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Richard Evans: What Is Causing All These Player Injuries?

We saw how hard you need to hit the ball; how far you have to run and stretch and how long it takes to reach a goal like the semi-final of the US Open as Kevin Anderson and Sam Querrey battled on into the early hours of Wednesday morning.

Anderson, South African-born, Illinois educated and now a resident of Delray Beach, Florida, upset his more fancied opponent in a three and a half hour duel that provided riveting entertainment. The victory took Anderson into his first ever Grand Slam semi-final where he was due to meet Pablo Carreno Busta, the 26-year-old Spaniard who is also treading new ground at this level.

Good for them. They saw the opening in a half of the draw that would normally have been occupied by two members of the all conquering Top4 and they grabbed it. If Carreno Busta can be considered a little lucky to have faced four qualifiers in the first four rounds, so be it. You can only play the guy in front of you and win. That’s what Pablo did and looked a very sound performer while doing it.

However, it is no good pretending that the absence of Andy Murray and Novak Djokovic, along with Stan Wawrinka, Milos Raonic and Kei Nishikori presents anything but a huge problem for the game. With Murray now intimating that he has hit his last ball this year, the ATP tour is faced with the unpalatable fact that five members of the top ten have been unable to last past August. It is possible we might see Raonic again but the other four have said good bye to 2017, realizing that complete rest is the best option if their bodies are ever going to be able to handle the physical demands of the modern game.

Is this sustainable? Can we go on having the game’s top stars unable to survive through a full season? Look at the facts. Apart from the five who have already pulled out, Roger Federer and Rafael Nadal were in the same position this time last year as, indeed, was Anderson who had to take a long time out through injury. The attrition rate is simply too high.

Solutions are needed and band aids will not do. A thorough assessment of the equipment players use and the courts they play on is required. There is little doubt that surfaces and strings are the two major culprits. “The strings we use today are a nightmare,” says Ivan Lendl whose radical fitness regime took the game to new levels of physicality when he was winning Grand Slam titles in the 1980’s.

Today Lendl is closely involved with the game, not only as Andy Murray’s coach but also in his role at the new USTA training headquarters at Orlando, Florida where he spends 60 days a year coaching teenage squads. “The synthetic strings enable you to get maybe half as much extra work on the ball as the spaghetti strings which were banned after Ilie Nastase beat Guillermo Vilas using them because the spin you could generate was so ridiculous. Not many people realize that because they look just the same as gut or anything else. But the effect they have on how we play the game is enormous. The ball moves so much in the air, you just can’t get in to the net because it is so difficult to judge the dip. So players stay back and engage in these long rallies, hitting each ball a ton and killing themselves.”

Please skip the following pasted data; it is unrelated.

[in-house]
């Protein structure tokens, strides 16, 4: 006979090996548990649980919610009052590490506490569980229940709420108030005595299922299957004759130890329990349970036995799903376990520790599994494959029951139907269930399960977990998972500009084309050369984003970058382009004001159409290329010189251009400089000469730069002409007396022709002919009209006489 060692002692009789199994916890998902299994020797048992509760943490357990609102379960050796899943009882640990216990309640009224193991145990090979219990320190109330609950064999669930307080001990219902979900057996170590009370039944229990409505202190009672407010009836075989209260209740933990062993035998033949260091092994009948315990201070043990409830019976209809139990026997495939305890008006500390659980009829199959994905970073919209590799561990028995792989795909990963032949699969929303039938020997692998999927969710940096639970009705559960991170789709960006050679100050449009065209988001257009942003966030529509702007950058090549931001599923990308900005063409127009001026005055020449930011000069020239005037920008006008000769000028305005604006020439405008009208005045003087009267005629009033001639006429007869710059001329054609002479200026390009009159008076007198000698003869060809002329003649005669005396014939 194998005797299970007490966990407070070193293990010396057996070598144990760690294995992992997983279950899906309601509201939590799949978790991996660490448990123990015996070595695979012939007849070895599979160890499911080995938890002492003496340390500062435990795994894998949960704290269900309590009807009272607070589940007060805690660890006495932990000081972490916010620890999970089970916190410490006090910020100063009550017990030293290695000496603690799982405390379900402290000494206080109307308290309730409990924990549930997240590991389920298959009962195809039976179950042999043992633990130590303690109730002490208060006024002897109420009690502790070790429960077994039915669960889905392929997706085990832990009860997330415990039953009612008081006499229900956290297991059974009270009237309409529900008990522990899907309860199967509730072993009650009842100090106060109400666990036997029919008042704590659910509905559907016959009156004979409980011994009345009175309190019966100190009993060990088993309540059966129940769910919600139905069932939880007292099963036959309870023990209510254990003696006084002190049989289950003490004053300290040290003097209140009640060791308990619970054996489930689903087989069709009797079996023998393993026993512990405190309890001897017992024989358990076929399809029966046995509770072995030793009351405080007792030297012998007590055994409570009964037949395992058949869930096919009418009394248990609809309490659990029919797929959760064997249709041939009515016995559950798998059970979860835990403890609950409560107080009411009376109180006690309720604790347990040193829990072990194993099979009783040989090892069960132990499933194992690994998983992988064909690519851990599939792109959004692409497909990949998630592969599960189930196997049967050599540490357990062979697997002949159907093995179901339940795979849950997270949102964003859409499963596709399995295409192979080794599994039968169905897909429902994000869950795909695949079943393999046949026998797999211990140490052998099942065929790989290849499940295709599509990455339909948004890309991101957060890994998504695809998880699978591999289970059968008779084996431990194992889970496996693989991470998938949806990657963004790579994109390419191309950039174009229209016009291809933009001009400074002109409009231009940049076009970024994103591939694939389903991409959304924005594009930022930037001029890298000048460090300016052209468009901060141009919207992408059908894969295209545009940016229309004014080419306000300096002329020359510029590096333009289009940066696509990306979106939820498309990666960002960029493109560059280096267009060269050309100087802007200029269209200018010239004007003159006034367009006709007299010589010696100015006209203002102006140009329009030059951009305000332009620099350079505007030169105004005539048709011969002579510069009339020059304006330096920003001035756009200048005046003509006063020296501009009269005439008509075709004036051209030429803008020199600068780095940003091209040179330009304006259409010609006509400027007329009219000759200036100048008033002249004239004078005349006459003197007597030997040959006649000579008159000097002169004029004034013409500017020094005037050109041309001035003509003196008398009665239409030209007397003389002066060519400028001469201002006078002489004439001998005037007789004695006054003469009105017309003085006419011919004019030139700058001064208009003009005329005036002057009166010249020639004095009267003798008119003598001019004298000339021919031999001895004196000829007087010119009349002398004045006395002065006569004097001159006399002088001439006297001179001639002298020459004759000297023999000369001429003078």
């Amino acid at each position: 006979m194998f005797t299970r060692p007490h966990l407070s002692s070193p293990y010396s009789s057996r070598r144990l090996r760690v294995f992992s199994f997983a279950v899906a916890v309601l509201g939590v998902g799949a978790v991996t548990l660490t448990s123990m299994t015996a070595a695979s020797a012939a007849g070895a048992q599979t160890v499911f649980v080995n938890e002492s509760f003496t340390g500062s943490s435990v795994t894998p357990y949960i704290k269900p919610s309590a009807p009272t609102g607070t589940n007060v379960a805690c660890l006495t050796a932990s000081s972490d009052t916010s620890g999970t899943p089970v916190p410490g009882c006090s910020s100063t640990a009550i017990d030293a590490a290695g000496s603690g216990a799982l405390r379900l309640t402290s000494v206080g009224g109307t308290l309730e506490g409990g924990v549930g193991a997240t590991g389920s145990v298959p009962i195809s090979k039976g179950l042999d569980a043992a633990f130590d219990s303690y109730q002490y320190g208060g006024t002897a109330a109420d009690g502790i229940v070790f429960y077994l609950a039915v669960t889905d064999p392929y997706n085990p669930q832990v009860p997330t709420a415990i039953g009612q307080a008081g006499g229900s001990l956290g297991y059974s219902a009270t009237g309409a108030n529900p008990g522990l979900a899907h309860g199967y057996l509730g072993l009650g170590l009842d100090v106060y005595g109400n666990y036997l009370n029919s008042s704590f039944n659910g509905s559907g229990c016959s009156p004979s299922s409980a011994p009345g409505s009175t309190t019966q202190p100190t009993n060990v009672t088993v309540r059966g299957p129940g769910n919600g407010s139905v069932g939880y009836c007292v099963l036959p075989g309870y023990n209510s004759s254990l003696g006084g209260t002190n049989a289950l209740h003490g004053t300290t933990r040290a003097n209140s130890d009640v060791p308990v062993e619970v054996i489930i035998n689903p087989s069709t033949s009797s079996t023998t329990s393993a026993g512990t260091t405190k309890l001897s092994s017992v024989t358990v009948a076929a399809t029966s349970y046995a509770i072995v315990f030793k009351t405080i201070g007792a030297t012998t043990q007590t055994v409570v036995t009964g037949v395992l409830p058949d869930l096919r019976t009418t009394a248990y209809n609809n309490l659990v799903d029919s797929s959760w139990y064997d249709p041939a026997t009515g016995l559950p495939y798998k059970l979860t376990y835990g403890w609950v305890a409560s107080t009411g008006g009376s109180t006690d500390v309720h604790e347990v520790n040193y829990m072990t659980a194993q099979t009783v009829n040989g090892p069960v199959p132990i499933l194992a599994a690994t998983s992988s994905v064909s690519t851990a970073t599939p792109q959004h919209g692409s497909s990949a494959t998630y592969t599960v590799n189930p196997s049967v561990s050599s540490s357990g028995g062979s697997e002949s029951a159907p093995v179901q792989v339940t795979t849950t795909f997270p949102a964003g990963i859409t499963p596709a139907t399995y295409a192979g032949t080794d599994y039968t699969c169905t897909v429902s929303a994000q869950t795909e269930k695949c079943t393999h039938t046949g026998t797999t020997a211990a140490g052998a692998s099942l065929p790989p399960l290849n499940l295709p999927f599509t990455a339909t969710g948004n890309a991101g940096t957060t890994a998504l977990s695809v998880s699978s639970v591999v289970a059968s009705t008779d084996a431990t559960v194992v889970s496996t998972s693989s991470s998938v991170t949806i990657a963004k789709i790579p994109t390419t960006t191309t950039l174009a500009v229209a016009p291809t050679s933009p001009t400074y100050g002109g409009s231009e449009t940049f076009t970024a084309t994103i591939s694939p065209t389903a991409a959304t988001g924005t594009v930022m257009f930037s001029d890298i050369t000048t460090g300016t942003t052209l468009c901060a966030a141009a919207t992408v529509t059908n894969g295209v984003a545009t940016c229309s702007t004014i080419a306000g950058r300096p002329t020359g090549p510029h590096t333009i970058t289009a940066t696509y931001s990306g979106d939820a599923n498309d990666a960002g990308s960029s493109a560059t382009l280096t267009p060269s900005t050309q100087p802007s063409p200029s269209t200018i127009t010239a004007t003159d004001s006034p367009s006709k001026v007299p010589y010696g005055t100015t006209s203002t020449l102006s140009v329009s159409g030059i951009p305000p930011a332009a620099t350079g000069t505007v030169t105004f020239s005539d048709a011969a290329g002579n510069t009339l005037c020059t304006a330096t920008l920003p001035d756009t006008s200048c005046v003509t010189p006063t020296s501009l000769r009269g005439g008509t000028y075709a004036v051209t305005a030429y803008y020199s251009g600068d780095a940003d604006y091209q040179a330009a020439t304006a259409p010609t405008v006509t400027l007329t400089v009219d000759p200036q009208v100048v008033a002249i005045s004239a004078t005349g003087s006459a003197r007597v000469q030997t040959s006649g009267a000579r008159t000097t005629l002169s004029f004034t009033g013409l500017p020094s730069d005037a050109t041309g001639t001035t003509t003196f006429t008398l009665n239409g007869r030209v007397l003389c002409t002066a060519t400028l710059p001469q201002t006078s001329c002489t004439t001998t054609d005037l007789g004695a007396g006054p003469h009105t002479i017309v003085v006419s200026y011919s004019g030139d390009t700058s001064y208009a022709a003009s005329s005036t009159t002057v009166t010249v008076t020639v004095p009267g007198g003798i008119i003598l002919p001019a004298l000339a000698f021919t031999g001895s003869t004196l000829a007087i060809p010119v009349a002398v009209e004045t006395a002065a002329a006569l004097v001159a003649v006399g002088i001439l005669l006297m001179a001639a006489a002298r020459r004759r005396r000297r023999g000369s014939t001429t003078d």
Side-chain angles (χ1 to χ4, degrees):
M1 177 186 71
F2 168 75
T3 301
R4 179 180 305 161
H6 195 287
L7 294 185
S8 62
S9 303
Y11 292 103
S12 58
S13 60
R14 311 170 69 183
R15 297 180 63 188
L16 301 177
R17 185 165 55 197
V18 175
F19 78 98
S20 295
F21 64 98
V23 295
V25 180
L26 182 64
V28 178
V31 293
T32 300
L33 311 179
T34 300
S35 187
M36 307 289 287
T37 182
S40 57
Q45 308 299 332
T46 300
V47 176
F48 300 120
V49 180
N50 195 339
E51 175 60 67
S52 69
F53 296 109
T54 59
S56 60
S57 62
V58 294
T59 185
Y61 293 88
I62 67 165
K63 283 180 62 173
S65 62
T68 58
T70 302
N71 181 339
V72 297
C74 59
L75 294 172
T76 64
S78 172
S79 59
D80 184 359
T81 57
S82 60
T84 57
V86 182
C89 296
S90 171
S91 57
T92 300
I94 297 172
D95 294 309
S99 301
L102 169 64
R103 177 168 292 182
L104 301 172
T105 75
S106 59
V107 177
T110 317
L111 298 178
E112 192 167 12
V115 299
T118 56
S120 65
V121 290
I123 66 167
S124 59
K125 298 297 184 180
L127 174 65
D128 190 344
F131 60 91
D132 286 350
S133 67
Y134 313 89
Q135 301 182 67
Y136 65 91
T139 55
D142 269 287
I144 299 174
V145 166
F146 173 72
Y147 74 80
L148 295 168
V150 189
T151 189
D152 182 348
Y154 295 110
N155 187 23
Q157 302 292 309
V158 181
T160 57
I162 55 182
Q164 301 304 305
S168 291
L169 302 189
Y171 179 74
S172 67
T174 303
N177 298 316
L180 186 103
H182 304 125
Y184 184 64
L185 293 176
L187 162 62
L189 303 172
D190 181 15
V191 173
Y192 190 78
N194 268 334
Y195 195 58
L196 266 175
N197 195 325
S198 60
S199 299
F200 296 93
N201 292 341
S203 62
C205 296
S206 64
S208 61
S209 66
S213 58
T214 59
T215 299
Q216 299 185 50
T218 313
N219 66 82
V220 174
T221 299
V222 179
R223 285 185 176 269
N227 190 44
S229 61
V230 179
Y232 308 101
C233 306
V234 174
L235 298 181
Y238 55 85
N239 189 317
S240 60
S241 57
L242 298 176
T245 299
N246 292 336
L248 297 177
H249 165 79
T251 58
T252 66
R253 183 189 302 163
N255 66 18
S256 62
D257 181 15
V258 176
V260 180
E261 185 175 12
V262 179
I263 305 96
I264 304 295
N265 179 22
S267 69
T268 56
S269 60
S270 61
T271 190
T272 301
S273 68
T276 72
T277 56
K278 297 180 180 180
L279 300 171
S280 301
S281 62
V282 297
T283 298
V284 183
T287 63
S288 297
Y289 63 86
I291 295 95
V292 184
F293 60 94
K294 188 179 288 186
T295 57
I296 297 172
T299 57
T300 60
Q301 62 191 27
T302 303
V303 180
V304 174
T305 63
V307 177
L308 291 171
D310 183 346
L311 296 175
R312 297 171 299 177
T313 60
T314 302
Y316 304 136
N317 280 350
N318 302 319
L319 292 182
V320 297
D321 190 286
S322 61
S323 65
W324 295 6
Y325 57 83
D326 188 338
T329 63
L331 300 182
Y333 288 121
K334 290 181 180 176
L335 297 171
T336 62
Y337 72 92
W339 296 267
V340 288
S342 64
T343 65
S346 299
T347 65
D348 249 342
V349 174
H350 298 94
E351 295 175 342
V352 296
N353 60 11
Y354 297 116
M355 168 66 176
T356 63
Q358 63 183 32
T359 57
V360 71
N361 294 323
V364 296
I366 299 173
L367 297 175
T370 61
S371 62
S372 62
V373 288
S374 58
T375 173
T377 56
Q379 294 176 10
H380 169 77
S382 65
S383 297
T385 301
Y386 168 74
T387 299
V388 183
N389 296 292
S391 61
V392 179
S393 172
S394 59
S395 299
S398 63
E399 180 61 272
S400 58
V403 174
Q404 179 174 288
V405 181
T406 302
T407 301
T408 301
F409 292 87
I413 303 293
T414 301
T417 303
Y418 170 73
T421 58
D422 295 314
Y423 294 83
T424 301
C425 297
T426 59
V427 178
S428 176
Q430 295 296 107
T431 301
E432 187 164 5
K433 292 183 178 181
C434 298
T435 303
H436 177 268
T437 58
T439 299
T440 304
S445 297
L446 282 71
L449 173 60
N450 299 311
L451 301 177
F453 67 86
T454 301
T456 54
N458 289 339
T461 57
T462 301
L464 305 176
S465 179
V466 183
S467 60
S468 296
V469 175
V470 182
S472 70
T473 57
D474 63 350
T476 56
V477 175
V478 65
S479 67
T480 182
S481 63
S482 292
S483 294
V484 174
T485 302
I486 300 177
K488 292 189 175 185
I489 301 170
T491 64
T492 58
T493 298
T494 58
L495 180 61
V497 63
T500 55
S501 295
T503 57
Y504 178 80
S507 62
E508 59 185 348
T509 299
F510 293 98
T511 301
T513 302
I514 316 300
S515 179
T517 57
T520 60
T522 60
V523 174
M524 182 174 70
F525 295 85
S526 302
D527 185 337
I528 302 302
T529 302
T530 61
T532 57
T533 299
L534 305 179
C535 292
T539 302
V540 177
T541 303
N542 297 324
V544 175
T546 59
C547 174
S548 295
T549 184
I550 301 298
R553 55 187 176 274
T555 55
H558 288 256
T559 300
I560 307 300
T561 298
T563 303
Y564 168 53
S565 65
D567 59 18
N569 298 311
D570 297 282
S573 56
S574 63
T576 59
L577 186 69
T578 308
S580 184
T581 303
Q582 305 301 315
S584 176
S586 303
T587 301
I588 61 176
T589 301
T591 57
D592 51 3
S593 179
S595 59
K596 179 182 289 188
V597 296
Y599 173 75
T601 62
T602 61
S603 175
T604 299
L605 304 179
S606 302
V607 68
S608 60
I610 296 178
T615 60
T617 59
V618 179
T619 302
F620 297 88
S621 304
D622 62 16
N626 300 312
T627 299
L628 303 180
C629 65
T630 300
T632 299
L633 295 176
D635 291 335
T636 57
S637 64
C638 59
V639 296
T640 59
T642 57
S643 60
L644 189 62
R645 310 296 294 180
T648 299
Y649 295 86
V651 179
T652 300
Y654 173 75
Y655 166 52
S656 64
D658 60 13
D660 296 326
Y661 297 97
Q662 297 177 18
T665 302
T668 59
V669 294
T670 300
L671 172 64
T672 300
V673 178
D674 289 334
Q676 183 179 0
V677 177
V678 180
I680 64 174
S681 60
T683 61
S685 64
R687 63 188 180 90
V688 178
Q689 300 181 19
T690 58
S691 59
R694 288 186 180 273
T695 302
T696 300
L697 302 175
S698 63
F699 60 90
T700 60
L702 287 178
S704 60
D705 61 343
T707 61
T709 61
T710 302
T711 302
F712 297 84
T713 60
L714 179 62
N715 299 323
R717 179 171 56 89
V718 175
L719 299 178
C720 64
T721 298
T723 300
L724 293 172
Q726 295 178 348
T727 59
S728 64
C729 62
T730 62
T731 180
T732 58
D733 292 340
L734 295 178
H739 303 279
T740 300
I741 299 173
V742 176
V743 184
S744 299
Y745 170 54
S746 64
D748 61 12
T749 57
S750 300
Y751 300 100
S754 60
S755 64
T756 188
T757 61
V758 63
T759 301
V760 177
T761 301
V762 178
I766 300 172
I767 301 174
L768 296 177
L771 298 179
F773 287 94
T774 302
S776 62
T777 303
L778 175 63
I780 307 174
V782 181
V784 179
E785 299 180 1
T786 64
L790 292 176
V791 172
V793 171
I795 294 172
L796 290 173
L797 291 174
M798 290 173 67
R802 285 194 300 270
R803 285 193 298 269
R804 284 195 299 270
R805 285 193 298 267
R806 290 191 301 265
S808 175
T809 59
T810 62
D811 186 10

Engaging in those rallies on clay is one thing but hardcourts magnify the problem. Lendl thinks the synthetic indoor surfaces are even worse than outdoors. “On the courts here at the US Open and elsewhere, the smoothness of the surfaces allows your foot to move a bit on impact. Indoors, you put your foot down and its sticks, sending shock waves right up through the ankle to the hip.”

You won’t get any argument from Rafa Nadal on this subject. He was talking about it at the press conference after one of his matches at Flushing Meadows. “The young players are playing a lot on hard and I don’t know if that is going to be very healthy for the future, no?” Nadal said after suggesting that hardcourts were “much more aggressive” than grass in all respects.

“For the hip, the knees, for the ankles, for the back….” Nadal reeled off all the parts of the body that feel the strain of big, muscular athletes pounding balls at 80, 90 mph again and again for hours on end. And he might have added the wrist because that has become an area of serious concern. Just asked Juan Martin del Potro and Laura Robson.

Considering the problem he had with his knees, it is a miracle Nadal has managed to return to full fitness. But he is not complacent, arguing that the future needs to be taken care of for the next generation.

“It is true that tournaments use this surface [hard] because it is probably easier to maintain and probably less expensive for the organization, but at the same time………………” The expression on Nadal’s face told you all you needed to know. The unanswered question is this: Are we going to put money ahead of the welfare of the players? Because if we do, the best players, the players who win; the players people want to watch, the players who sell tickets – they are all going to be on the beach, recovering from surgery.

Five of the top ten men didn’t make it to the US Open this year. Twelve months from now, how many will we get?

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